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Neal Stephenson
William Morrow/ HarperCollins
US Hardcover First Edition
ISBN 978-0-062-19037-6
Publication Date: 05-19-2015
868 Pages; $35

Date Reviewed: 06-17-2015
Reviewed by: Rick Kleffel © 2015

Index Science Fiction  

"The moon blew up without warning and for no apparent reason." As opening lines go, the lift-off of Neal Stephenson's new near-future space opera is a good predictor for what is to follow. 'Seveneves' is a big book in every sense; it clocks in at over 800 pages, the events are momentous, the all-too-real characters confront apocalypse, and the ideas are authentically astounding. But don't let its size fool you. This is a page-turning thriller that you're likely to finish all too quickly. It's the epitome of both classic science extrapolation and post-cyberpunk transhumanism. Don't just hold on to your seats; hold on to your brains.

The two-part plot is both simple and extremely satisfying. In the first part of the novel, Stephenson crafts a very clever scenario by means of which we are impelled to create a classic "space ark" to save humanity. He sets the first part of the novel in "day after tomorrow" territory, so the technology available to do so is pretty much what we have at the moment, with a bit of build-out. This comprises about two-thirds of the book,, and it's a gripping ripping yarn. Be prepared to stay up late, and enjoy the echoes of Arthur C. Clarke.

The final third of the novel jumps 5,000 years into the future, as humanity returns to earth. Here, the process of discovery is almost inverted, as a great deal of the fun to be had involves in understanding how the events of the first part of the novel create and the characters for the setting for second part. It's a thrilling exploration of humanity, space travel and the earth itself, all re-imagined through the lens of the first part of the novel.

Driving Stephenson's plot are a wonderful group of characters; funny, realistic nd smart enough to deal with what Stephenson is handing out. Much of the first part of the novel is driven by the dynamic between two female characters, Dinah and Ivy. They're both on the Space Station, and the interplay between the two just feels right. Led by Dubois Jerome Xavier Harris, AKA "Doob," the men fare equally well. Stephenson sets up some engaging conflicts in the present and the future, but steers clear of true "villains" with a more rounded vision of people. His characters keep their feet on the ground even when they are in or even from outer pace.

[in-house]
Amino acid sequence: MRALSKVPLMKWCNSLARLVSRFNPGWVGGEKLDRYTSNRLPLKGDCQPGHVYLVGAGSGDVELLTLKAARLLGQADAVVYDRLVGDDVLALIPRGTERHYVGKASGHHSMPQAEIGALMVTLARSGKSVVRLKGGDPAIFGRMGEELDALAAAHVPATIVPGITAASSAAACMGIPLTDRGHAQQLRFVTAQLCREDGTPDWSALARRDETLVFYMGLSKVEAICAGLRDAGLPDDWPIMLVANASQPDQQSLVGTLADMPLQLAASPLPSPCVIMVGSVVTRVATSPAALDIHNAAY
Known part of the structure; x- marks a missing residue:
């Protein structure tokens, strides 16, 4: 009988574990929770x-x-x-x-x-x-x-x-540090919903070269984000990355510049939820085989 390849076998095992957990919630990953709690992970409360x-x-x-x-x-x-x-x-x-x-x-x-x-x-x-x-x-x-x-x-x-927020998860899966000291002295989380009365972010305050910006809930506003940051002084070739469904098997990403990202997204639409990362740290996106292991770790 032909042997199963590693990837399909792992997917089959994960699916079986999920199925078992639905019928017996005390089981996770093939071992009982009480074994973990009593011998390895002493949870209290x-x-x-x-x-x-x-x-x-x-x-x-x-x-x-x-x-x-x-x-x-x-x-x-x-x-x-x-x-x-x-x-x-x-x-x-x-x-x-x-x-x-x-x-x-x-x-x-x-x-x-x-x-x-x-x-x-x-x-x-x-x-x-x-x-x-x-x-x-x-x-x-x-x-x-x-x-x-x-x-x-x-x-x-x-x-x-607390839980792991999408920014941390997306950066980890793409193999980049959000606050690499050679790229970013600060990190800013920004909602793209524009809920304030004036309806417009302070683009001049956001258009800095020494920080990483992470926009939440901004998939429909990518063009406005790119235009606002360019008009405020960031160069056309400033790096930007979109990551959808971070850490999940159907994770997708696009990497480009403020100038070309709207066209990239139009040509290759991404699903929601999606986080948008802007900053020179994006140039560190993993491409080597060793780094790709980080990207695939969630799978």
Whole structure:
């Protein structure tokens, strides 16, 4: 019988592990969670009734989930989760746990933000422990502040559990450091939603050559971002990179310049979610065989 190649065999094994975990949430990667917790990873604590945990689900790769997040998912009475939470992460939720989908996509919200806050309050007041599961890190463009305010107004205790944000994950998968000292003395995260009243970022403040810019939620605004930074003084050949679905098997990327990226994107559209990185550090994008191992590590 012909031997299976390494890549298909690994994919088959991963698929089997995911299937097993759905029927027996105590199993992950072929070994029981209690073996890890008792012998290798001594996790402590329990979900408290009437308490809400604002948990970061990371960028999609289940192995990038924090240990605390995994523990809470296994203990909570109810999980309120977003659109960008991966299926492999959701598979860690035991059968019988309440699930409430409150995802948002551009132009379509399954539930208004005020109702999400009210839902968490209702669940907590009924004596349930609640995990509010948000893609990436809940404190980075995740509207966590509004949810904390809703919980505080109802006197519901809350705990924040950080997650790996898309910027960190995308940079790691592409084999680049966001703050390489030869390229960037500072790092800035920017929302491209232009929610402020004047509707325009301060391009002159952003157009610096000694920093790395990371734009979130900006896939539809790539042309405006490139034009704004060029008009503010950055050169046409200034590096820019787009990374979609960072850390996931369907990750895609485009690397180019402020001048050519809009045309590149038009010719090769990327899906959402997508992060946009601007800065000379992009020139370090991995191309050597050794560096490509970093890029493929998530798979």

Stephenson's prose is, as ever, crystalline and transparent when he's talking technology or building worlds, crisp when he's in character and understatedly poetic when he is crafting sense of wonder. The humor here really helps. But there's a great deal of technology in the book, and Stephenson really knocks it out of the park in these segments. He's a man who can glue your eyes to the page with gripping revelations of logic and science. Here, he gets to the literary core of the science fiction genre and shows himself to be a master.

Readers looking for a book that will take them out of this world, will deliver on thrills, will boggle their mind with big ideas are going to be very happy indeed with 'Seveneves.' It's a book about the future that gives you hope for the future, and not just by virtue of the believable world it creates. If we can write books like this now, there's hope that no matter what happens, tomorrow will be survivable, and maybe better.

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